budgeted expenditures from fees. Total fees collected by NEPA for the period 2010/11 to 2014/15 averaged 11.1 per cent of actual expenditure for the 5-year period. However, NEPA processes planning and subdivision applications for the Local Authorities, from which it earns no revenue and for which the expenditure is not recoverable. As a consequence, NEPA continued to rely heavily on Government subvention, which accounted for an average of 94 per cent of total expenditure.

June 10, 2021

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Section 2:




2.1.1 The Report of the Auditor General of Jamaica is submitted to the Speaker of the House+of+Representatives">House of Representatives in accordance with Section 122 of the Constitution of Jamaica and Section 29 of the Financial Administration and Audit Act. My annual report embodies the results of the examination of the accounts and financial transactions of various entities. It contains the findings arising from my audits of the accounts and financial transactions of Accounting Officers and Principal Receivers of Revenue for the financial year ended 31st March, 2012. Reference is also made to the accounts and transactions of subsequent or previous financial years, as well as the accounts of local government agencies, other statutory bodies and government companies where considered necessary for the information of Parliament.

2.1.2 Examination of the accounts and financial transactions of the Government is

conducted in conformity with Section 122 of the Constitution and Section 25 of the Financial Administration and Audit Act. Section 25(1) of the Act states as follows:

The Auditor General shall, in performing his functions under Section 122(1) of the Constitution ascertain whether in his opinion-

a) the accounts referred to in that section are being faithfully and properly kept;

b) the rules and procedures framed and applied are sufficient to secure an effective check on the assessment, collection and proper allocation of the revenues and other receipts of the Government;

c) all money expended and charged to an appropriation account has been applied to the purpose for which the provision made by Parliament was intended and that any payment of public money conforms to the authority which governs it, and has been incurred with due regard to the avoidance of waste and extravagance”…

Committee">Public Accounts Committee

2.1.3 The Committee">Public Accounts Committee of the House+of+Representatives">House of Representatives is a standing bi- partisan committee chaired by the opposition spokesman on Finance. Under the Standing Orders of the House, all accounts of government agencies and annual reports of the Auditor General tabled in the House are automatically referred to the Committee. In examining the reports of the Auditor General, the Committee calls upon Accounting Officers, other heads of agencies and their support staff to explain their stewardship of the public affairs and resources assigned to them. It seeks to identify the causes for weaknesses mentioned in the Auditor Generals reports, obtain information on what is being done to rectify the situation, and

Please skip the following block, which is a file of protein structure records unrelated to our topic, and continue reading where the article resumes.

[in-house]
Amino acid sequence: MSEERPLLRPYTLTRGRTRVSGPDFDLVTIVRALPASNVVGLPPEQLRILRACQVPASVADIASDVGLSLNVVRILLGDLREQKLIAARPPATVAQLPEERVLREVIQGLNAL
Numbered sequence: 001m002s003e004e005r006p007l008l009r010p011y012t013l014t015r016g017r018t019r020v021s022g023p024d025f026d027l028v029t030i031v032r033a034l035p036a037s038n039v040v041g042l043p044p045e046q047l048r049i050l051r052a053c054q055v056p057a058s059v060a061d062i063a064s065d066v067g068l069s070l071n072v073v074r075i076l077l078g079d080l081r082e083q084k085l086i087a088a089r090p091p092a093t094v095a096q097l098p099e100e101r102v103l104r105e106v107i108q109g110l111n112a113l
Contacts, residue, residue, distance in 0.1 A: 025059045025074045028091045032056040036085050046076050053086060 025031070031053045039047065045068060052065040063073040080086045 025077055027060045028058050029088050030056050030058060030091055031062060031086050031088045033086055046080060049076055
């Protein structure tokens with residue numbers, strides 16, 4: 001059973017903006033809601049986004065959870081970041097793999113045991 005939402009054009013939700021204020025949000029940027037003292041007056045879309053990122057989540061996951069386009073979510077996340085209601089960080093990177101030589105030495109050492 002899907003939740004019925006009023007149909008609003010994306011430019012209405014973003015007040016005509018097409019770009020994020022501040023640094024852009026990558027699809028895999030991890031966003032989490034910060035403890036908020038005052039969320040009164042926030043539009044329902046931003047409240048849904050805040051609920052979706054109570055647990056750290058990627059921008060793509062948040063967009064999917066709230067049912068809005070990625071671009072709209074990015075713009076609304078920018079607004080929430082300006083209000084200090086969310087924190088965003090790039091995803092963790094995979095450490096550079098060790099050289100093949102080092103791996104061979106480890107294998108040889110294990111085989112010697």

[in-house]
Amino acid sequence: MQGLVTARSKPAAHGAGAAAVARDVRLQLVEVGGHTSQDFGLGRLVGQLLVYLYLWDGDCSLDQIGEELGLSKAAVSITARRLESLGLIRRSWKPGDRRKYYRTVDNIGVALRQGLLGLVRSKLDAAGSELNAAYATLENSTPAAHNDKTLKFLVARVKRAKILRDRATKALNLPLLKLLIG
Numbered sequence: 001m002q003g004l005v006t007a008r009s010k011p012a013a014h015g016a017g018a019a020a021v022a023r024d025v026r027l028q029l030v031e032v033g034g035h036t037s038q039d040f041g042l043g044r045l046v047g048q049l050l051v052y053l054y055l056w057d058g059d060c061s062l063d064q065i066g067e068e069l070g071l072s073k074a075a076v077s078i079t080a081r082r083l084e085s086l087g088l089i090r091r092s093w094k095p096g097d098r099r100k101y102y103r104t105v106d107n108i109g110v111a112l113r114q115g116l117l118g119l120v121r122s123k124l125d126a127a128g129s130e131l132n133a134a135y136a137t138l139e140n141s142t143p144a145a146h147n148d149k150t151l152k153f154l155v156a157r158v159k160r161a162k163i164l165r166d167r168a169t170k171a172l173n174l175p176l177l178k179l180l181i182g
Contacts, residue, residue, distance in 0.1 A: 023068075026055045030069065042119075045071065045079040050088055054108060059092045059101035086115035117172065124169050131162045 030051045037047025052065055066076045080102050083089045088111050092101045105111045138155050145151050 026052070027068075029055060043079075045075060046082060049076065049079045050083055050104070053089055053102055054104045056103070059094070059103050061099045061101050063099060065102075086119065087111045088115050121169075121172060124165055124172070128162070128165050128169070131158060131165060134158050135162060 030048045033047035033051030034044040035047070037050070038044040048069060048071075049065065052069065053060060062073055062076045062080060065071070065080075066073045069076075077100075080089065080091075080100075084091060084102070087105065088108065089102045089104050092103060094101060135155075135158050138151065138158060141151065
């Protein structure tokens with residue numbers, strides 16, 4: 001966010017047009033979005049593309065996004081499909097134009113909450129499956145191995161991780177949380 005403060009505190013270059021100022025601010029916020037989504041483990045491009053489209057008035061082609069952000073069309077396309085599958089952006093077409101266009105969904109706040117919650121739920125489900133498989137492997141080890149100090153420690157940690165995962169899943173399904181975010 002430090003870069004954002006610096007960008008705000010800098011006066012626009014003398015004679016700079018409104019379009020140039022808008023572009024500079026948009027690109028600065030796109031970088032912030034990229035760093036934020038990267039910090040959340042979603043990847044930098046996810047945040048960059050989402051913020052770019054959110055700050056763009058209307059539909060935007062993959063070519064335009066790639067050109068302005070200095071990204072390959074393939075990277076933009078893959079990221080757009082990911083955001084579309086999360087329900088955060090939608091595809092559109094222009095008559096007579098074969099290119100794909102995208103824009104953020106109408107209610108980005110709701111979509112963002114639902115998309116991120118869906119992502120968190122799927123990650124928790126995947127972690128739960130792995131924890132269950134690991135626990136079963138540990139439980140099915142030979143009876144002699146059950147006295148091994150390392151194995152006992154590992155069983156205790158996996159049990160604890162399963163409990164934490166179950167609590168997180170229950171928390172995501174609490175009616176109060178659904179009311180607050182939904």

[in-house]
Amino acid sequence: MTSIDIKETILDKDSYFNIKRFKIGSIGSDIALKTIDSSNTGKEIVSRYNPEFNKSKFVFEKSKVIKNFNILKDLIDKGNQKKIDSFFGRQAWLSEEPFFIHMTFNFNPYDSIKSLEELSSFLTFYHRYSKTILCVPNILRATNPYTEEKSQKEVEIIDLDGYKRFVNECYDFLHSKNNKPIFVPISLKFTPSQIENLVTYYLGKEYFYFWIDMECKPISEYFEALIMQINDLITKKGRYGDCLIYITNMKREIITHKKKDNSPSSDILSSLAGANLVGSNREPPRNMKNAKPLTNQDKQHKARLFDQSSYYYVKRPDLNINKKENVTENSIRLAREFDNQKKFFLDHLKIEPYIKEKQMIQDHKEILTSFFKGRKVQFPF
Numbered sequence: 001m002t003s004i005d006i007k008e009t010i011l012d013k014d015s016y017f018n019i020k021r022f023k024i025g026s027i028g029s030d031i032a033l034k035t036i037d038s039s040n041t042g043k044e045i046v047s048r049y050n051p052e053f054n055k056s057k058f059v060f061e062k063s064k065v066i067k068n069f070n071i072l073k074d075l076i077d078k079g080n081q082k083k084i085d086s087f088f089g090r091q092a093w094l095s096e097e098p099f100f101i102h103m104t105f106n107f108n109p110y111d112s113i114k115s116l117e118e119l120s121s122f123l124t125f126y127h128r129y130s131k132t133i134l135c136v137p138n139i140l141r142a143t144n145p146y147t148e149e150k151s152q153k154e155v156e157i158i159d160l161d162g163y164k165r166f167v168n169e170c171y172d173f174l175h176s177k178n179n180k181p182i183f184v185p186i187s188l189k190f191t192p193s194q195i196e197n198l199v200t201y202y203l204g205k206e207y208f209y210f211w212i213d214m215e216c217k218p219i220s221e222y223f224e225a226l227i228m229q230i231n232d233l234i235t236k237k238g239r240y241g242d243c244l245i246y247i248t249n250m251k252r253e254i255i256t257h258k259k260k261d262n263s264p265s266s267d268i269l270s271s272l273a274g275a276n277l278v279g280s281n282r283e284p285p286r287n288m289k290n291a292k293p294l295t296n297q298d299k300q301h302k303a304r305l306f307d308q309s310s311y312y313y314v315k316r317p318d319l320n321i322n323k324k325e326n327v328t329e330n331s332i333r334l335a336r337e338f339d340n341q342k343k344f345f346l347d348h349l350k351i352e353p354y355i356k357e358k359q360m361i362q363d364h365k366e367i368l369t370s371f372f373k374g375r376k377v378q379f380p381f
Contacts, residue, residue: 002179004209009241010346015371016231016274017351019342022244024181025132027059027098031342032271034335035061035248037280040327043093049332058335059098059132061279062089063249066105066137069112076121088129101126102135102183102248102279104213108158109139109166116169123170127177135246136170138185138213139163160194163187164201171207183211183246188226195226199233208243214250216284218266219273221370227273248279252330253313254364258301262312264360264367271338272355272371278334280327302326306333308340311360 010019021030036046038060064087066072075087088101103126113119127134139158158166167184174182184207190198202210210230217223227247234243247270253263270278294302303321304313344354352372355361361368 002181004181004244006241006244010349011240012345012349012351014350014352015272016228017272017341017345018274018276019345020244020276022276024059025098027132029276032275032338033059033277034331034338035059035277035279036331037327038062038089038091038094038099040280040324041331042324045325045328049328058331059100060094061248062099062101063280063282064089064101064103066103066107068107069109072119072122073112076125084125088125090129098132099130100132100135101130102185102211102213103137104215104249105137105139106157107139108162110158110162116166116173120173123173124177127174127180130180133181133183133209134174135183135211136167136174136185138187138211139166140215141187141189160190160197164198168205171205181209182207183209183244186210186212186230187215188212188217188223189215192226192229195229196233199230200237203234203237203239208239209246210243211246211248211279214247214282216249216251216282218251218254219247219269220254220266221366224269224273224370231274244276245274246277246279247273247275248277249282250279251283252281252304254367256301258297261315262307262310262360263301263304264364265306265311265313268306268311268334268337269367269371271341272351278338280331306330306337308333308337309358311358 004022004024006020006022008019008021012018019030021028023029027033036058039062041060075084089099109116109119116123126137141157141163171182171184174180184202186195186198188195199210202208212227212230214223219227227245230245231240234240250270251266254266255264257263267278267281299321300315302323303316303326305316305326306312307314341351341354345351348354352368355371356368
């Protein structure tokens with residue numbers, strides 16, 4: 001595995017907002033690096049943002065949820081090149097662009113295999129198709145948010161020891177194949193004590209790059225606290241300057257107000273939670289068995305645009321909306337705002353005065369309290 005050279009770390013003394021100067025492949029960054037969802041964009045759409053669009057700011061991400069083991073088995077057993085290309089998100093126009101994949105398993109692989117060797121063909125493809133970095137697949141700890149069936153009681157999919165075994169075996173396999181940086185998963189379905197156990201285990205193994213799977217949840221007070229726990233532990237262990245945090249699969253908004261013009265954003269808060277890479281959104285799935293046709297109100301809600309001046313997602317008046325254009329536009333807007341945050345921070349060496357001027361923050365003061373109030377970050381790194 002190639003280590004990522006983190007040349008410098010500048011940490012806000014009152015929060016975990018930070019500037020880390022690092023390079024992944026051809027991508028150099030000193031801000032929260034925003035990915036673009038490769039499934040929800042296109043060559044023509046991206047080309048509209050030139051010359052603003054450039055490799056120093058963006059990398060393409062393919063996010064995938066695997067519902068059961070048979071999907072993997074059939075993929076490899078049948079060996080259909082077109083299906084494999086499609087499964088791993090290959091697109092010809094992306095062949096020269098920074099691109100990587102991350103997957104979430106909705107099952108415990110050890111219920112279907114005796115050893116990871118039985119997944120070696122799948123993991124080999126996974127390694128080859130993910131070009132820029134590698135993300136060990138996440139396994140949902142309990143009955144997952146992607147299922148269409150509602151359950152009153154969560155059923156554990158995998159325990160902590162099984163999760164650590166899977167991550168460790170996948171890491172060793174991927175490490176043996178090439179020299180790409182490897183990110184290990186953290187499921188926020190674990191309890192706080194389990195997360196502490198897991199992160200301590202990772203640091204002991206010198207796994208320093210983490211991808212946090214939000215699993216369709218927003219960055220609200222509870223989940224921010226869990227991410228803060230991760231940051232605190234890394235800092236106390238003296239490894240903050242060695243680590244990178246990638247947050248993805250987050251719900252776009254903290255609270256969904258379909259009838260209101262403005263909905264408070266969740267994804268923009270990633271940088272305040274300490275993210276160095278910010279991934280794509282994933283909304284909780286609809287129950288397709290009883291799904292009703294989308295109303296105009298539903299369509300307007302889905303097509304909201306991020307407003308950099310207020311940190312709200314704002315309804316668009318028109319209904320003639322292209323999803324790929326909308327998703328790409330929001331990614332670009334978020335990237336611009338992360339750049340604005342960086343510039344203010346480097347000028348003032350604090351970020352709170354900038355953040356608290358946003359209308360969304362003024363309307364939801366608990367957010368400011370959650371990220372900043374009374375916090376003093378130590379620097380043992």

June 10, 2021

Page 5


4.—(1) A person seeking to enter Jamaica at any time during the period from January 15, 2021, to April 15, 2021, who is ordinarily resident in Jamaica shall, on being permitted to enter Jamaica, be required to remain in quarantine, in isolation from other persons, in accordance with—

(a) a home quarantine order; or

(b) a Government facility quarantine order,

issued to the person by a Medical Officer (Health).

(2) A home quarantine order under this paragraph shall be in the form set out as Form B of the First Schedule.

(3) A person to whom any of the requirements of this paragraph applies—

(a) shall comply with all applicable directions given, and requirements imposed, by an authorized officer;

(b) shall not attend for work at the person’s place of employment (but may work from home), during the period that the person is required under this paragraph to remain at the person’s abode or place of residence or in quarantine, and the period during which the person does not attend for work, pursuant to this sub-paragraph, shall not be counted against the leave entitlements of the person if the person and the person’s employer agree that the period should not be so counted; and

(c) shall comply with the provisions of paragraphs 9 to 12 and with all applicable directions given, and requirements imposed, in respect thereof by an authorized officer.

5.—(1) This paragraph applies in respect of a person—

(a) who is not ordinarily resident in Jamaica;

(b) who seeks to enter Jamaica as a tourist; and

(c) whose intended abode or place of residence in Jamaica is at a place within the area of the Resilient Corridor described in the Second Schedule.

(2) Where the person seeks to enter Jamaica at any time during the period from January 15, 2021, to April 15, 2021, the person shall, prior to boarding the vessel destined for Jamaica, provide at the port of departure such COVID-19 test, in respect of that person, as may be specified by the Ministry with responsibility for health and wellness.

(3) Subject to sub-paragraph (6), a person to whom this paragraph applies and who is permitted to enter Jamaica shall—

(a) in accordance with a stay in the Resilience Corridor order issued to that person, remain at that person’s abode or place of residence

Form B,

First Schedule.

Procedure following risk assessment of person who is not ordinarily resident in Jamaica, visiting as a tourist in the Resilient Corridor.

Second Schedule.

Procedure for entry of person ordinarily resident in Jamaica.

June 10, 2021